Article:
The quality of social care is worse in the most deprived areas, undermining the Government's levelling up agenda, new analysis has revealed.
Research by the Centre for Progressive Policy think-tank found unmet care needs were more than twice as high in the most deprived places than in the least deprived places.
It argued the Government’s social care reforms were 'severely lacking' as the money allocated for professionalising the workforce, recruitment and retention would only recruit an extra 11,000 care workers a year or provide just £108 per care worker per year.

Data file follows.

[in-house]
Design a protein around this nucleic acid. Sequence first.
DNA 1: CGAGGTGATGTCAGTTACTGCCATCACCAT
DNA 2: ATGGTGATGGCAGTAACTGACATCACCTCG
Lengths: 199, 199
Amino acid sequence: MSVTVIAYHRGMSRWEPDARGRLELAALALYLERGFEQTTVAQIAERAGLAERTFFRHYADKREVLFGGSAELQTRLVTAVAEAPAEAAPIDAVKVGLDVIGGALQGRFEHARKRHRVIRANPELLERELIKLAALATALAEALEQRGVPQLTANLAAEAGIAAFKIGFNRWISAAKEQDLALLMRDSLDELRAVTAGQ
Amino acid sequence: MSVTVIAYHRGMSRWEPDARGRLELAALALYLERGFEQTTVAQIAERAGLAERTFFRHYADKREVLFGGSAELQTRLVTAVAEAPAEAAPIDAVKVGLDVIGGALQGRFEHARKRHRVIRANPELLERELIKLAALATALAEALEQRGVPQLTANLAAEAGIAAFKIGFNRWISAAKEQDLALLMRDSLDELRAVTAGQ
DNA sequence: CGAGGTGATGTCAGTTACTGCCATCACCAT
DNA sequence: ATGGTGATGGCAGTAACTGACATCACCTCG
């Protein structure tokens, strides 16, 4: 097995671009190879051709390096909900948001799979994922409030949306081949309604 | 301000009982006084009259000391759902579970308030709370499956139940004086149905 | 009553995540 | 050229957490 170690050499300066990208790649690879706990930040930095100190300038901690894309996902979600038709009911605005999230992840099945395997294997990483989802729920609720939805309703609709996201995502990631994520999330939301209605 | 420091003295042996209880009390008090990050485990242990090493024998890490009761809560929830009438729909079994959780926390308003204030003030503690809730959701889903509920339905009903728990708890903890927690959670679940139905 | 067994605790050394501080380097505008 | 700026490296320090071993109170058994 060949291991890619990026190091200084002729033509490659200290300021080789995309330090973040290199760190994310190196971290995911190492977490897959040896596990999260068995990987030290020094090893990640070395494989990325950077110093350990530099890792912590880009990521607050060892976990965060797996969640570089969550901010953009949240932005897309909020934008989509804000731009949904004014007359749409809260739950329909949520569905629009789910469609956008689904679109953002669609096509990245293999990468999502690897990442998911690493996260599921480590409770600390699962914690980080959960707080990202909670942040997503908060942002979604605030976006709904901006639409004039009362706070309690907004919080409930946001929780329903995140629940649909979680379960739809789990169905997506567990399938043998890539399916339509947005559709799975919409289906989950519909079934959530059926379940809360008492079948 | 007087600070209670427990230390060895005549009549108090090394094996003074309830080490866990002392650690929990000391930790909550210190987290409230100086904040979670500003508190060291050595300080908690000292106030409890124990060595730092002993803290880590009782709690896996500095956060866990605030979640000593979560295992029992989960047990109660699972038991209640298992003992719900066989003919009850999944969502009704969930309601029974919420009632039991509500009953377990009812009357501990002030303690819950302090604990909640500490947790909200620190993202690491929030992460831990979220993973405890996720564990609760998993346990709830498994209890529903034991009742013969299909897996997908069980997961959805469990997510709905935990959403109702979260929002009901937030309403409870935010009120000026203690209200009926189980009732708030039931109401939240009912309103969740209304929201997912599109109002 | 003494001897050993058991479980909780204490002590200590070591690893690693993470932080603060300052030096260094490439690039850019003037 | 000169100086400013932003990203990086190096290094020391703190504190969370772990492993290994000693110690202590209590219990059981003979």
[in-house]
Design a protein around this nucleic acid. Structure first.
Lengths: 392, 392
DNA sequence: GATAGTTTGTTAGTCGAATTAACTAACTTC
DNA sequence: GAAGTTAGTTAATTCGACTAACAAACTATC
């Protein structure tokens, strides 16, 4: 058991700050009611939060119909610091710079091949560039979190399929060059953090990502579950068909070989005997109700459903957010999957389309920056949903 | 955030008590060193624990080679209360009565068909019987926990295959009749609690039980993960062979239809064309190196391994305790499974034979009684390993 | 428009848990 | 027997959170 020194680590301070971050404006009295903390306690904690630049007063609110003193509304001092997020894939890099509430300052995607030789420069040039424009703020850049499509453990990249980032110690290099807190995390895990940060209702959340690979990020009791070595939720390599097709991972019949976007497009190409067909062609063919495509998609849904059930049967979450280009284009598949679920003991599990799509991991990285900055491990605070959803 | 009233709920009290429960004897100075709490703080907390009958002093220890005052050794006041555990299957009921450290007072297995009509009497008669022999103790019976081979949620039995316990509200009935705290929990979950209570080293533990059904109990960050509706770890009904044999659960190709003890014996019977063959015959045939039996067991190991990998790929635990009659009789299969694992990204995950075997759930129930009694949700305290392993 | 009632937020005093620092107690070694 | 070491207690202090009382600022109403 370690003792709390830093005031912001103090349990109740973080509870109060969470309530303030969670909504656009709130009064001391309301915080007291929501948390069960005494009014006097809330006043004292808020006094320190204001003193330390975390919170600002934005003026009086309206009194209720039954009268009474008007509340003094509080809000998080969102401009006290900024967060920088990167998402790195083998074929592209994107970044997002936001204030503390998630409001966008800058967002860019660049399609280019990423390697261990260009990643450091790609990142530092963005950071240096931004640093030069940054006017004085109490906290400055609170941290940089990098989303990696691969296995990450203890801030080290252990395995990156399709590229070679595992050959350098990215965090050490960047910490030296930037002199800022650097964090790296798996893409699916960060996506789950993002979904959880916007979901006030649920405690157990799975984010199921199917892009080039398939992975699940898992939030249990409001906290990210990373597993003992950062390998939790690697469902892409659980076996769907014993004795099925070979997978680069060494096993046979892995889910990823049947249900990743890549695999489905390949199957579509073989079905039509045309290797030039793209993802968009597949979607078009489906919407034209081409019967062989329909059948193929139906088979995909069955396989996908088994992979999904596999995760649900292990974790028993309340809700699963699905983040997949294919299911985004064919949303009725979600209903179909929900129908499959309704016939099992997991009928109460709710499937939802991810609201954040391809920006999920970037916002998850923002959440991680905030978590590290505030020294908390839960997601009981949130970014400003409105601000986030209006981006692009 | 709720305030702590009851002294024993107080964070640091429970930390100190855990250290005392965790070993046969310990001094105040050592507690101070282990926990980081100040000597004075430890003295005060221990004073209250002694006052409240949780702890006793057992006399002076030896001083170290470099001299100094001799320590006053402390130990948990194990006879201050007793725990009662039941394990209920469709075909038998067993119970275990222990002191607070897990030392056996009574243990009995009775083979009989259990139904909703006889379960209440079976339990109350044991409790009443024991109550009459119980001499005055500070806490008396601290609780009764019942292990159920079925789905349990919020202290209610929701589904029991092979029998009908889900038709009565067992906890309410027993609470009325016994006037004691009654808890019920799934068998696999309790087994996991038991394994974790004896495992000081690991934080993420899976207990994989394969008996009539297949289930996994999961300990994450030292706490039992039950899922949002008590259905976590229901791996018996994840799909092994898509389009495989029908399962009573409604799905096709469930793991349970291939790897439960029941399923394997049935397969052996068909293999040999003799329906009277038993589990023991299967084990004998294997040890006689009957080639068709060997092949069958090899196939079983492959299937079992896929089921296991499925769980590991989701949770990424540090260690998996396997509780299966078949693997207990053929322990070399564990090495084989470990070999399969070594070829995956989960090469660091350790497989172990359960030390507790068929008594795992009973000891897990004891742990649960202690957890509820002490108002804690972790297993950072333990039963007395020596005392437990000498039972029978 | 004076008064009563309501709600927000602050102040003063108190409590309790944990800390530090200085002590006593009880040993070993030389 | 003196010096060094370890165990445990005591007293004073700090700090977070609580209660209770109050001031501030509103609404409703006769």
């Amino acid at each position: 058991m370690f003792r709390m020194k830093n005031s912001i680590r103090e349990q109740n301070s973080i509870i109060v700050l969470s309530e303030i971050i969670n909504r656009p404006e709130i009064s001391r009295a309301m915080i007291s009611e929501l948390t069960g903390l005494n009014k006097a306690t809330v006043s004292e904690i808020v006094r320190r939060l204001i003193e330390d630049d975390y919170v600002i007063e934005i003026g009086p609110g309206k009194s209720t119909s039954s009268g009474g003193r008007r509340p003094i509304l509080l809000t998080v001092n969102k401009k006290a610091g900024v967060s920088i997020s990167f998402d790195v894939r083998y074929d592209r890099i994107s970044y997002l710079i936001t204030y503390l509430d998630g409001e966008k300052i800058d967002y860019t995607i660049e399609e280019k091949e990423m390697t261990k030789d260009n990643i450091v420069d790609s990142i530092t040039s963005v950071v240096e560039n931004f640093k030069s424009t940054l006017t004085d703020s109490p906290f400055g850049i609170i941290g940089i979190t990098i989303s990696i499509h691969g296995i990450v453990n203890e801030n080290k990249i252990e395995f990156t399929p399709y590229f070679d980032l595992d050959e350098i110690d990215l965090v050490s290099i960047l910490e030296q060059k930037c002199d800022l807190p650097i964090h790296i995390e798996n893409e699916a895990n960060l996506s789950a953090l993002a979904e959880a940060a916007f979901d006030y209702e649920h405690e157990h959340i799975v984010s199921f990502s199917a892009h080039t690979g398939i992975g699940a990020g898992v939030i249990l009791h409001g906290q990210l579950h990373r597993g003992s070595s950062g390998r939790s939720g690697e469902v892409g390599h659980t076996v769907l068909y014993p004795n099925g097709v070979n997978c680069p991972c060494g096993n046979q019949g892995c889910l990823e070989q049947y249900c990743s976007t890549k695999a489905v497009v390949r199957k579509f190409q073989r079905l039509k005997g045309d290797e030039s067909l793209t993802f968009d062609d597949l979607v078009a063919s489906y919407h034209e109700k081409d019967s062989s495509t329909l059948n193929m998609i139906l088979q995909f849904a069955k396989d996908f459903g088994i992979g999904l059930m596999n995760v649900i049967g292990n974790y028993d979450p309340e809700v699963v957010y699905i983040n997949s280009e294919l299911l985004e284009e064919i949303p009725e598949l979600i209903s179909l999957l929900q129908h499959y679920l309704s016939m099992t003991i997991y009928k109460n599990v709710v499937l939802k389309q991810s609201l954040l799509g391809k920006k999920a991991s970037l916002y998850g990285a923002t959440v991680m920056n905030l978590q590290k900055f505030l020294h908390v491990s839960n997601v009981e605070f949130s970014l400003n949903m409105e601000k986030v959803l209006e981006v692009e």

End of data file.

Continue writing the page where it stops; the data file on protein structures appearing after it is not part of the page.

Head of research at the think-tank, Ben Franklin, warned: 'The current social care system is a force for levelling down rather than levelling up and the Government’s reforms will not change this.
'Presently, the costs of the system fall heaviest on those least able to bear them – poorer people in communities where unmet social care needs are higher and where the burden of providing care can result in a further cut to household income as informal carers are forced out of work or to reduce their hours.'